In the United Kingdom, the term “skunk weed” has taken on a more generic meaning. There, skunk doesn’t refer to the aroma of particular strains of marijuana. Rather, it is a moniker that designates highly potent pot. Just about any kind of super-stony sensimilla flower that is cultivated for smoking will qualify as skunk weed across the pond.
Despite the nuances of meaning that the term skunk weed can have from one person to the next, one thing is a given: When you smell that sweet stank, you’re sure to be in for a good time.
Cannabis flower has more unique scents than the rainbow has colors. But why does weed sometimes smell like a skunk?
The Fragrance of Marijuana Before and After Consumption
Marijuana is the dried leaves and flowers of the cannabis plant. Cannabis has psychoactive and medicinal properties because of its chemical makeup.
Marijuana can be rolled up in a handmade cigarette (a joint), in a cigar, or in a pipe (a bong). It can be used for pain relief, to treat anxiety, or for recreation.
In many states, the sale and use of marijuana without a prescription is still illegal.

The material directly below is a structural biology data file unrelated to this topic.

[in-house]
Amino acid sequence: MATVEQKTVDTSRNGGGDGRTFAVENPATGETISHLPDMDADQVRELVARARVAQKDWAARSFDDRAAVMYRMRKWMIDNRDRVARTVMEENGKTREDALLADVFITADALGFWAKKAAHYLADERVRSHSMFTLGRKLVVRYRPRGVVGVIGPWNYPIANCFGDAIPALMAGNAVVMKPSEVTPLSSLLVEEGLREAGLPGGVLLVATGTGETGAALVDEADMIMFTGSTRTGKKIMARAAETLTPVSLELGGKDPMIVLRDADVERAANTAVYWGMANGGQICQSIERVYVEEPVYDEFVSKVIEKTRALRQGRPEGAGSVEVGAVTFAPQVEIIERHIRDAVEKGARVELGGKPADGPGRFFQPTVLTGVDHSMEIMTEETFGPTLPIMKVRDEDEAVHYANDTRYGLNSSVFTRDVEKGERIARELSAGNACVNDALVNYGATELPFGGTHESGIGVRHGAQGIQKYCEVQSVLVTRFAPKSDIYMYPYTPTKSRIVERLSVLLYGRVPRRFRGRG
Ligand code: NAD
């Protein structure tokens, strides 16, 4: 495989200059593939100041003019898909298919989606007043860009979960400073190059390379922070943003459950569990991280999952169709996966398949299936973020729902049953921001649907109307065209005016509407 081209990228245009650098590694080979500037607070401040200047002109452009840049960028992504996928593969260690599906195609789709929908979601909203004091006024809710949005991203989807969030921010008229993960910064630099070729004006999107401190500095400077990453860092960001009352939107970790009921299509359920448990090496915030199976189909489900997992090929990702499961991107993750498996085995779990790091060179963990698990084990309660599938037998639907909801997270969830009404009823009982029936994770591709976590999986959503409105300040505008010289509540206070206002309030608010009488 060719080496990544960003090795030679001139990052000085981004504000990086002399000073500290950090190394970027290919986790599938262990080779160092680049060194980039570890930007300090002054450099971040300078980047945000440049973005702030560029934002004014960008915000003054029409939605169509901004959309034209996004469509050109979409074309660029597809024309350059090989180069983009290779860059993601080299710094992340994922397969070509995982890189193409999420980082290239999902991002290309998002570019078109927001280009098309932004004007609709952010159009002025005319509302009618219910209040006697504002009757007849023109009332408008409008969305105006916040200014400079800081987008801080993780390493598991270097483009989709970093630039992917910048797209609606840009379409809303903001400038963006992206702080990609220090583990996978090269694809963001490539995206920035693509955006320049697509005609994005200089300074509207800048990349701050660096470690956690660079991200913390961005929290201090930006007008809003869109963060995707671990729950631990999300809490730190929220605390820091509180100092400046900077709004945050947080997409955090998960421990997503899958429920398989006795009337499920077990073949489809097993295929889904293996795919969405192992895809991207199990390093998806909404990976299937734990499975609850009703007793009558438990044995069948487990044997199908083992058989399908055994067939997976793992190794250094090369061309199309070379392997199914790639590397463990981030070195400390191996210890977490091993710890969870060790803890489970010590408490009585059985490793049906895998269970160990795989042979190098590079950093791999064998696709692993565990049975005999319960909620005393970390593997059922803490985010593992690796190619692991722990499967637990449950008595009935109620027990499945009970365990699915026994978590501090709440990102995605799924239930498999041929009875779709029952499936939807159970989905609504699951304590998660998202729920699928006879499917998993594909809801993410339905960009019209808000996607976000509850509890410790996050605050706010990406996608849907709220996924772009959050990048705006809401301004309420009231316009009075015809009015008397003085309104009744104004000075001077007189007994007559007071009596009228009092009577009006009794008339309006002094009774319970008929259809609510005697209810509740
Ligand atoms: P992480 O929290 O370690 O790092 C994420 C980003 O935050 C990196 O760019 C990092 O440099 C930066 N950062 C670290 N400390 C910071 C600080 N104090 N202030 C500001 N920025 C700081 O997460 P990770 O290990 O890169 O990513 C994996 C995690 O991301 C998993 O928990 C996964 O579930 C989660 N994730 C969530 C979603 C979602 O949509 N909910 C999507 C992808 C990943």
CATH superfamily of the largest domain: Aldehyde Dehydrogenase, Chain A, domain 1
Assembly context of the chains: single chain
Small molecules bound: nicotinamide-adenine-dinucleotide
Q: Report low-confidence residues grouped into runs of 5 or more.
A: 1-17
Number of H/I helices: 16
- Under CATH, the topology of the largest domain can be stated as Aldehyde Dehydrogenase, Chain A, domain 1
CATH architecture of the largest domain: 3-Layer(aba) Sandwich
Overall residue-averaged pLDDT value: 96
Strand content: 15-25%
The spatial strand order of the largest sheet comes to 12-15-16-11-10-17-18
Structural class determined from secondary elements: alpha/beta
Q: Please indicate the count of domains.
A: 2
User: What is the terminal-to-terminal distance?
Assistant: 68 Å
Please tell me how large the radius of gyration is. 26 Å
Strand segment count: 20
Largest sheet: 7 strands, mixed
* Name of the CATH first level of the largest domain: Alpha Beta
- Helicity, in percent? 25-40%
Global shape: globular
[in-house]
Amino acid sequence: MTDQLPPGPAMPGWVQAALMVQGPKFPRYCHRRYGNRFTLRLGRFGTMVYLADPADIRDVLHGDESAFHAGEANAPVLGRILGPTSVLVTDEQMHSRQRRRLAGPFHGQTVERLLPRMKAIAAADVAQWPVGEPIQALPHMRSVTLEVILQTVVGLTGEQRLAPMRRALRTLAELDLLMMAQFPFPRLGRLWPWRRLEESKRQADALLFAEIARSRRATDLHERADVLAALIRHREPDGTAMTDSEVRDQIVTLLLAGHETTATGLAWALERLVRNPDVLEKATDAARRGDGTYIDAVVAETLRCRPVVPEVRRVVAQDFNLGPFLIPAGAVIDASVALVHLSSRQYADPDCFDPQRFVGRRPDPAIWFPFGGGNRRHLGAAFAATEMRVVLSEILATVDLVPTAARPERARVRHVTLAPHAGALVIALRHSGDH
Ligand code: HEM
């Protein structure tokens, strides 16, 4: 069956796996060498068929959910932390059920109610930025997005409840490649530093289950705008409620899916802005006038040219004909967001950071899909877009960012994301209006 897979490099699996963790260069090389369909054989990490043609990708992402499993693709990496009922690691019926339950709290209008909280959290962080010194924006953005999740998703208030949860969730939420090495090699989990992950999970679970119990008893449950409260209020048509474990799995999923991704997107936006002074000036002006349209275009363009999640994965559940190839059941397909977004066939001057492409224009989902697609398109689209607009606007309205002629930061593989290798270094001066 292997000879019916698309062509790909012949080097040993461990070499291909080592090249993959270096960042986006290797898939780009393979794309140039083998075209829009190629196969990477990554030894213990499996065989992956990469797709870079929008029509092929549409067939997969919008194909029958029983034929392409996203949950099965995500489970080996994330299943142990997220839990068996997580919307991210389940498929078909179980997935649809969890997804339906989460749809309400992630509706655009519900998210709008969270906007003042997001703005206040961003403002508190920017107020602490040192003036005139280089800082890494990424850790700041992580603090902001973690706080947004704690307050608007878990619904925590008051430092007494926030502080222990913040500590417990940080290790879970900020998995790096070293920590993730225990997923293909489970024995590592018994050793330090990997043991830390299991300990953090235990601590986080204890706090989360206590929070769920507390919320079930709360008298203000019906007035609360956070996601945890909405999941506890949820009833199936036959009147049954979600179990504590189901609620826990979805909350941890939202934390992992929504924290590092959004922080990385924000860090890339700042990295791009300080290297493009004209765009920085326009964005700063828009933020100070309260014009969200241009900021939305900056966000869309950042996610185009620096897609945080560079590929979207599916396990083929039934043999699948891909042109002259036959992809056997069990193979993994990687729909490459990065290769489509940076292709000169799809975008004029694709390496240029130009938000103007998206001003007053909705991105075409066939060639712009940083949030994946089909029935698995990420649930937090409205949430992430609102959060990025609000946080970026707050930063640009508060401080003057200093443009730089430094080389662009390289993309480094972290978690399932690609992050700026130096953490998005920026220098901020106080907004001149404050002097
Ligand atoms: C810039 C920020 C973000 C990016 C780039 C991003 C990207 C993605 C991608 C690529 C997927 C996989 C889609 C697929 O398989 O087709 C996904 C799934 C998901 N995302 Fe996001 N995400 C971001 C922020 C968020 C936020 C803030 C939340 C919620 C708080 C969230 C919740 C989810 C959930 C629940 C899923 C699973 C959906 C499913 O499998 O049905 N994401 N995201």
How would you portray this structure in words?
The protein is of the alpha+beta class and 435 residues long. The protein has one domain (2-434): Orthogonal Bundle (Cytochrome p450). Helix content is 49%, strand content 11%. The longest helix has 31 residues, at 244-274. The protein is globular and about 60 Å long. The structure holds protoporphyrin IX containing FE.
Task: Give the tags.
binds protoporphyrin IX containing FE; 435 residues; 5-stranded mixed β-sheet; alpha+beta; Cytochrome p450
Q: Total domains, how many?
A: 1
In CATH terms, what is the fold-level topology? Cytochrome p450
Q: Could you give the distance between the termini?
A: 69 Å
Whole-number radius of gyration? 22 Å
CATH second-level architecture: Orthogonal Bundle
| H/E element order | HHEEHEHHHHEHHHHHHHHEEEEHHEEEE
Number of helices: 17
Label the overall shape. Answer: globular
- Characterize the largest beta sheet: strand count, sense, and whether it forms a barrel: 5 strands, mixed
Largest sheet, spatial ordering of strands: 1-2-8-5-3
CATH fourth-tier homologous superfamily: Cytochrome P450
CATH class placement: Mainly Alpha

You can usually tell if someone has been smoking marijuana by detecting the scent of piney, slightly skunky grass that smoked cannabis leaves behind.
But figuring out for sure if what you’re smelling is weed can be a little difficult if you aren’t attuned to the scent. Various strains of marijuana can smell different from each other, making it even more complicated.
This article will cover what marijuana smells like in different stages of its use and consumption, as well as some differences between strains.
The strongest factor in the way marijuana smells is the age of the cannabis plant when it’s harvested. Cannabis that’s harvested earlier in its life cycles has a milder, less skunky scent.
It’s also less powerful when you smoke it. Cannabis that grows older before it’s picked and dried will have a stronger odor.